An increased body mass index is associated with a worse prognosis in patients administered BCG immunotherapy for T1 bladder cancer

Matteo Ferro, Mihai Dorin Vartolomei, Giorgio Ivan Russo, Francesco Cantiello, Abdal Rahman Abu Farhan, Daniela Terracciano, Amelia Cimmino, Savino Di Stasi, Gennaro Musi, Rodolfo Hurle, Vincenzo Serretta, Gian Maria Busetto, Ettore de Berardinis, Antonio Cioffi, Sisto Perdonà, Marco Borghesi, Riccardo Schiavina, Gabriele Cozzi, Gilberto L. Almeida, Pierluigi BoveEstevao Lima, Giovanni Grimaldi, Deliu Victor Matei, Nicolae Crisan, Matteo Muto, Paolo Verze, Michele Battaglia, Giorgio Guazzoni, Riccardo Autorino, Giuseppe Morgia, Rocco Damiano, Ottavio de Cobelli, Shahrokh Shariat, Vincenzo Mirone, Giuseppe Lucarelli

Research output: Contribution to journalArticle

Abstract

Purpose: The body mass index (BMI) may be associated with an increased incidence and aggressiveness of urological cancers. In this study, we aimed to evaluate the impact of the BMI on survival in patients with T1G3 non-muscle-invasive bladder cancer (NMIBC). Methods: A total of 1155 T1G3 NMIBC patients from 13 academic institutions were retrospectively reviewed and patients administered adjuvant intravesical Bacillus Calmette–Guérin (BCG) immunotherapy with maintenance were included. Multivariable Cox regression analysis was performed to identify factors predictive of recurrence and progression. Results: After re-TURBT, 288 patients (27.53%) showed residual high-grade NMIBC, while 867 (82.89%) were negative. During follow-up, 678 (64.82%) suffered recurrence, and 303 (30%) progression, 150 (14.34%) died of all causes, and 77 (7.36%) died of bladder cancer. At multivariate analysis, tumor size (hazard ratio [HR]:1.3; p = 0.001), and multifocality (HR:1.24; p = 0.004) were significantly associated with recurrence (c-index for the model:55.98). Overweight (HR: 4; p <0.001) and obesity (HR:5.33 p <0.001) were significantly associated with an increased risk of recurrence. Addition of the BMI to a model that included standard clinicopathological factors increased the C-index by 9.9. For progression, we found that tumor size (HR:1.63; p <0.001), multifocality (HR:1.31; p = 0.01) and concomitant CIS (HR: 2.07; p <0.001) were significant prognostic factors at multivariate analysis (C-index 63.8). Overweight (HR: 2.52; p <0.001) and obesity (HR: 2.521 p <0.001) were significantly associated with an increased risk of progression. Addition of the BMI to a model that included standard clinicopathological factors increased the C-index by 1.9. Conclusions: The BMI could have a relevant role in the clinical management of T1G3 NMIBC, if associated with bladder cancer recurrence and progression. In particular, this anthropometric factor should be taken into account at initial diagnosis and in therapeutic strategy decision making.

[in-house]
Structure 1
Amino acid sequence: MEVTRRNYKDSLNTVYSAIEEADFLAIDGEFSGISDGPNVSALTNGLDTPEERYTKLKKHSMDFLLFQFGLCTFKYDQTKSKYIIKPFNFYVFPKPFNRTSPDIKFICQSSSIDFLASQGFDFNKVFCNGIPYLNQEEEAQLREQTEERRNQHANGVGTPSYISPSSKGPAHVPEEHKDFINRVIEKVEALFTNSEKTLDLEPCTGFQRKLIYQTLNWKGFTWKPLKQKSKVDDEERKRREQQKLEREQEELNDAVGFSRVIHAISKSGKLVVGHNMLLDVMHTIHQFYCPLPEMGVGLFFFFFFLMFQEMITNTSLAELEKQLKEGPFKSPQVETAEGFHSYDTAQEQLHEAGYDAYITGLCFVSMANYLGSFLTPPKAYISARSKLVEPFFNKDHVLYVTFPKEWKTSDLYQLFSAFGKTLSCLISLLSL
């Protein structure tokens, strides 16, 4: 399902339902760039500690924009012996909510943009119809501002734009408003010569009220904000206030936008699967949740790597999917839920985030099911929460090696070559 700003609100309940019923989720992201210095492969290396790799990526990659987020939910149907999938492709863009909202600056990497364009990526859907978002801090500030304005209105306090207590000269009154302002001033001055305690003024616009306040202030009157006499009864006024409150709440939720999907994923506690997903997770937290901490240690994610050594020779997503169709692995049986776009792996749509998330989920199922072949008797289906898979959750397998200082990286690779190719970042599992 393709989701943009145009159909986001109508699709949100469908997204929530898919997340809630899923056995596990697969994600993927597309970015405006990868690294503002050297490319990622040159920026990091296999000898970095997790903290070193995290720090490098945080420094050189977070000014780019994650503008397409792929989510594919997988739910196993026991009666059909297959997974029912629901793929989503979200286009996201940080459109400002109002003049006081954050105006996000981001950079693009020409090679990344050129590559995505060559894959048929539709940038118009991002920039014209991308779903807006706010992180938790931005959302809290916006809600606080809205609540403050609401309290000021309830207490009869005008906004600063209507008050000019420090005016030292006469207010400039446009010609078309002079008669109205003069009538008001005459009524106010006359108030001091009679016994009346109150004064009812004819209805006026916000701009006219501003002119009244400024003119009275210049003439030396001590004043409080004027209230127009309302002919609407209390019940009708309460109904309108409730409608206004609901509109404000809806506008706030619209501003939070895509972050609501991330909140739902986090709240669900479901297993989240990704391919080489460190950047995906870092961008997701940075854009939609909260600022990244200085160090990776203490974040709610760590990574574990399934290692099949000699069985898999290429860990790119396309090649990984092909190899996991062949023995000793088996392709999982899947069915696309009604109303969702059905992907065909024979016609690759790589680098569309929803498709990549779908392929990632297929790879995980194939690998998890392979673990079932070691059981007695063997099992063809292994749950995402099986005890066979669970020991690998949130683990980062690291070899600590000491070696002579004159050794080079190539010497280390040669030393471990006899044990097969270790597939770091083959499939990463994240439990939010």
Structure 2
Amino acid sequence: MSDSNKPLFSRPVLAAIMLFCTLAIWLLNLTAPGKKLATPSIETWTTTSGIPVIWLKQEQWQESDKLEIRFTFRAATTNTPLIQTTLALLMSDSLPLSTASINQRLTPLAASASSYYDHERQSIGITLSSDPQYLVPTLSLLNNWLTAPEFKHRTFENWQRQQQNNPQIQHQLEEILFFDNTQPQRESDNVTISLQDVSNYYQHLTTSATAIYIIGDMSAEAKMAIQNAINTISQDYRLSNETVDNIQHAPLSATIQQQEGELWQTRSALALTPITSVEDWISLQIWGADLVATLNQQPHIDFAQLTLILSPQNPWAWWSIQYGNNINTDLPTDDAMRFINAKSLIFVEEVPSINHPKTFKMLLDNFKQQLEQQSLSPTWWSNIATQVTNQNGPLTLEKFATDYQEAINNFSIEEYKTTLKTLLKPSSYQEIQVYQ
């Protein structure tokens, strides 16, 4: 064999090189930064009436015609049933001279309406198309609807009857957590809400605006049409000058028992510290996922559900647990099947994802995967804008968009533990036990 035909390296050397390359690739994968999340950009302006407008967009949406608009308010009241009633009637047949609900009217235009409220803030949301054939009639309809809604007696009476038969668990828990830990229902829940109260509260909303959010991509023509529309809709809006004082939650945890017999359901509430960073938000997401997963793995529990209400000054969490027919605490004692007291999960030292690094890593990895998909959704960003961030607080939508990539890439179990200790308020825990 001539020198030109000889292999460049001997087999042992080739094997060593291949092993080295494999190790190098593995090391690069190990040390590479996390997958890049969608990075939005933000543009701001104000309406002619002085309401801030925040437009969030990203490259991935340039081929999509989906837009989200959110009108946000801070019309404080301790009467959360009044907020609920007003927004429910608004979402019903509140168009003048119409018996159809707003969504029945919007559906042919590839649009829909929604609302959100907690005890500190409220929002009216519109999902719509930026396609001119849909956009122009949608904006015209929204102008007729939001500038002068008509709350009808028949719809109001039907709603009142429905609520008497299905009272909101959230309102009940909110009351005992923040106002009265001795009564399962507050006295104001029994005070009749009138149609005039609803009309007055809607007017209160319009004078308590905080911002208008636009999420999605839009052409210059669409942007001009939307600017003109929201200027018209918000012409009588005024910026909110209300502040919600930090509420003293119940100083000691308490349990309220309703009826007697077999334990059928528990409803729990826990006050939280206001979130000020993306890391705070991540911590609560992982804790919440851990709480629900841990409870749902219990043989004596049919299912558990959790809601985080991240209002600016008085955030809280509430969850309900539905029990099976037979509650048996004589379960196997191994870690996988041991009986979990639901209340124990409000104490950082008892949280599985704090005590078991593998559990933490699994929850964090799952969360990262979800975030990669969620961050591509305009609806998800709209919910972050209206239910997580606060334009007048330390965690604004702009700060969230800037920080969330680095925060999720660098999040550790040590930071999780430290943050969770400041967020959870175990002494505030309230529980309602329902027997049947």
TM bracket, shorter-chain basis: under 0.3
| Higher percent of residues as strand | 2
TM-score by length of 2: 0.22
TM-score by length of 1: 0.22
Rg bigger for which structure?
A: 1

Original languageEnglish
Pages (from-to)1-8
Number of pages8
JournalWorld Journal of Urology
DOIs
Publication statusPublished - Jul 10 2018

Keywords

  • Bladder cancer
  • Body mass index
  • Obesity
  • Prognosis

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    Ferro, M., Vartolomei, M. D., Russo, G. I., Cantiello, F., Farhan, A. R. A., Terracciano, D., Cimmino, A., Di Stasi, S., Musi, G., Hurle, R., Serretta, V., Busetto, G. M., de Berardinis, E., Cioffi, A., Perdonà, S., Borghesi, M., Schiavina, R., Cozzi, G., Almeida, G. L., ... Lucarelli, G. (2018). An increased body mass index is associated with a worse prognosis in patients administered BCG immunotherapy for T1 bladder cancer. World Journal of Urology, 1-8. https://doi.org/10.1007/s00345-018-2397-1